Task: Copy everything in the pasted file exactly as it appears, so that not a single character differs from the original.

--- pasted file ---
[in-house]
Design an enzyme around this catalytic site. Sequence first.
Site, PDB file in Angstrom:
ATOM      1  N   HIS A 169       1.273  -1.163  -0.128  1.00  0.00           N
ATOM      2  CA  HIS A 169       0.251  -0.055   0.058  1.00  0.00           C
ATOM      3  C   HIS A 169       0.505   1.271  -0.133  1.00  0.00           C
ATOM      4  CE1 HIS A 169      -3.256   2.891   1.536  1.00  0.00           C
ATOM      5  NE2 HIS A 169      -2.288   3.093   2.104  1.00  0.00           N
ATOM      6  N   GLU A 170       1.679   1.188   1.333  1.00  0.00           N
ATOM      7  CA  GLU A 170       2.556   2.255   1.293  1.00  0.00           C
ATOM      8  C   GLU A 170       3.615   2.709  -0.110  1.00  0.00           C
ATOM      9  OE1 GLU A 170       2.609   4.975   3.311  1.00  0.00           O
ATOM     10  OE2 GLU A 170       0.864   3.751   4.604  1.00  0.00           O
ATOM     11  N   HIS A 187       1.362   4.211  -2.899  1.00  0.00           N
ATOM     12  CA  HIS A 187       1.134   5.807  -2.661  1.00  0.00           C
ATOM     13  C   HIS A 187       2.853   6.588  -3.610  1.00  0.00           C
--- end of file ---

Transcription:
[in-house]
Design an enzyme around this catalytic site. Sequence first.
Site, PDB file in Angstrom:
ATOM      1  N   HIS A 169       1.273  -1.163  -0.128  1.00  0.00           N
ATOM      2  CA  HIS A 169       0.251  -0.055   0.058  1.00  0.00           C
ATOM      3  C   HIS A 169       0.505   1.271  -0.133  1.00  0.00           C
ATOM      4  CE1 HIS A 169      -3.256   2.891   1.536  1.00  0.00           C
ATOM      5  NE2 HIS A 169      -2.288   3.093   2.104  1.00  0.00           N
ATOM      6  N   GLU A 170       1.679   1.188   1.333  1.00  0.00           N
ATOM      7  CA  GLU A 170       2.556   2.255   1.293  1.00  0.00           C
ATOM      8  C   GLU A 170       3.615   2.709  -0.110  1.00  0.00           C
ATOM      9  OE1 GLU A 170       2.609   4.975   3.311  1.00  0.00           O
ATOM     10  OE2 GLU A 170       0.864   3.751   4.604  1.00  0.00           O
ATOM     11  N   HIS A 187       1.362   4.211  -2.899  1.00  0.00           N
ATOM     12  CA  HIS A 187       1.134   5.807  -2.661  1.00  0.00           C
ATOM     13  C   HIS A 187       2.853   6.588  -3.610  1.00  0.00           C